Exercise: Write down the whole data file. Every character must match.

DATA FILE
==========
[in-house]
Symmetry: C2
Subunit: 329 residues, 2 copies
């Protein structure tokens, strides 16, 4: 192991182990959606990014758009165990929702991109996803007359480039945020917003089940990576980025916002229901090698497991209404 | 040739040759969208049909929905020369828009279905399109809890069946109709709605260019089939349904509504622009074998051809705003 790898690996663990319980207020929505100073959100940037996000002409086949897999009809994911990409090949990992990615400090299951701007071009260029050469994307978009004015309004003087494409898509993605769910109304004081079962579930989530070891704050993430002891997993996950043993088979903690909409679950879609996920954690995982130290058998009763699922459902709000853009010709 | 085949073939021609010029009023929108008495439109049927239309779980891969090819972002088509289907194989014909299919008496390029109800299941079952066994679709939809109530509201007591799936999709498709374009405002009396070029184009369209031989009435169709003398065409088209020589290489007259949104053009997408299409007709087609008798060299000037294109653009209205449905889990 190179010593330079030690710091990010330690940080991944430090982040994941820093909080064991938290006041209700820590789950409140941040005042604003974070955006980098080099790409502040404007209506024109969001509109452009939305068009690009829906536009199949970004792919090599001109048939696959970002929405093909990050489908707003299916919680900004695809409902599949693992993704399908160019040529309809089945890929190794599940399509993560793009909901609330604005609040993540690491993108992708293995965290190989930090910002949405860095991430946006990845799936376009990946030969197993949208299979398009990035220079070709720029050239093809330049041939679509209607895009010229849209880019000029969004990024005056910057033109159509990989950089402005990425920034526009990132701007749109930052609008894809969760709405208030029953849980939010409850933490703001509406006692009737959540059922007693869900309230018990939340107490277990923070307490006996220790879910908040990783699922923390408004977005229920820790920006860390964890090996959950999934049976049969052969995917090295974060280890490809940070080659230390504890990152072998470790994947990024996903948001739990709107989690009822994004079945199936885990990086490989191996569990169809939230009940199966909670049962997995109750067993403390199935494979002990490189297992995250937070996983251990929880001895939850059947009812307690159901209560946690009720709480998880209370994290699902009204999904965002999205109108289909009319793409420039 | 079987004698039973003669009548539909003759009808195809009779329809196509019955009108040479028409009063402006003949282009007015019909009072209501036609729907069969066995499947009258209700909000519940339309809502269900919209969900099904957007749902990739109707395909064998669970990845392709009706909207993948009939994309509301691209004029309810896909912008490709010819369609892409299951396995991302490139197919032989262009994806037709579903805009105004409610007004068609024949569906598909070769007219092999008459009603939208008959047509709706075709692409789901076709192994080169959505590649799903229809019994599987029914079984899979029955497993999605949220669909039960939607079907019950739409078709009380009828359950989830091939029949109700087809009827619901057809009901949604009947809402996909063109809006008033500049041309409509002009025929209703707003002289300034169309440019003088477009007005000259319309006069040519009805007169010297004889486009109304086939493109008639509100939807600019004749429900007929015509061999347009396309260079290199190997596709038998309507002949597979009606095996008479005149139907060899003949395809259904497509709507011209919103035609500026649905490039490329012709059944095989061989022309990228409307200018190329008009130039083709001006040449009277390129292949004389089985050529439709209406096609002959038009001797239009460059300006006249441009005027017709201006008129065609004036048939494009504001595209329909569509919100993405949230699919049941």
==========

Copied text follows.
[in-house]
Symmetry: C2
Subunit: 329 residues, 2 copies
């Protein structure tokens, strides 16, 4: 192991182990959606990014758009165990929702991109996803007359480039945020917003089940990576980025916002229901090698497991209404 | 040739040759969208049909929905020369828009279905399109809890069946109709709605260019089939349904509504622009074998051809705003 790898690996663990319980207020929505100073959100940037996000002409086949897999009809994911990409090949990992990615400090299951701007071009260029050469994307978009004015309004003087494409898509993605769910109304004081079962579930989530070891704050993430002891997993996950043993088979903690909409679950879609996920954690995982130290058998009763699922459902709000853009010709 | 085949073939021609010029009023929108008495439109049927239309779980891969090819972002088509289907194989014909299919008496390029109800299941079952066994679709939809109530509201007591799936999709498709374009405002009396070029184009369209031989009435169709003398065409088209020589290489007259949104053009997408299409007709087609008798060299000037294109653009209205449905889990 190179010593330079030690710091990010330690940080991944430090982040994941820093909080064991938290006041209700820590789950409140941040005042604003974070955006980098080099790409502040404007209506024109969001509109452009939305068009690009829906536009199949970004792919090599001109048939696959970002929405093909990050489908707003299916919680900004695809409902599949693992993704399908160019040529309809089945890929190794599940399509993560793009909901609330604005609040993540690491993108992708293995965290190989930090910002949405860095991430946006990845799936376009990946030969197993949208299979398009990035220079070709720029050239093809330049041939679509209607895009010229849209880019000029969004990024005056910057033109159509990989950089402005990425920034526009990132701007749109930052609008894809969760709405208030029953849980939010409850933490703001509406006692009737959540059922007693869900309230018990939340107490277990923070307490006996220790879910908040990783699922923390408004977005229920820790920006860390964890090996959950999934049976049969052969995917090295974060280890490809940070080659230390504890990152072998470790994947990024996903948001739990709107989690009822994004079945199936885990990086490989191996569990169809939230009940199966909670049962997995109750067993403390199935494979002990490189297992995250937070996983251990929880001895939850059947009812307690159901209560946690009720709480998880209370994290699902009204999904965002999205109108289909009319793409420039 | 079987004698039973003669009548539909003759009808195809009779329809196509019955009108040479028409009063402006003949282009007015019909009072209501036609729907069969066995499947009258209700909000519940339309809502269900919209969900099904957007749902990739109707395909064998669970990845392709009706909207993948009939994309509301691209004029309810896909912008490709010819369609892409299951396995991302490139197919032989262009994806037709579903805009105004409610007004068609024949569906598909070769007219092999008459009603939208008959047509709706075709692409789901076709192994080169959505590649799903229809019994599987029914079984899979029955497993999605949220669909039960939607079907019950739409078709009380009828359950989830091939029949109700087809009827619901057809009901949604009947809402996909063109809006008033500049041309409509002009025929209703707003002289300034169309440019003088477009007005000259319309006069040519009805007169010297004889486009109304086939493109008639509100939807600019004749429900007929015509061999347009396309260079290199190997596709038998309507002949597979009606095996008479005149139907060899003949395809259904497509709507011209919103035609500026649905490039490329012709059944095989061989022309990228409307200018190329008009130039083709001006040449009277390129292949004389089985050529439709209406096609002959038009001797239009460059300006006249441009005027017709201006008129065609004036048939494009504001595209329909569509919100993405949230699919049941």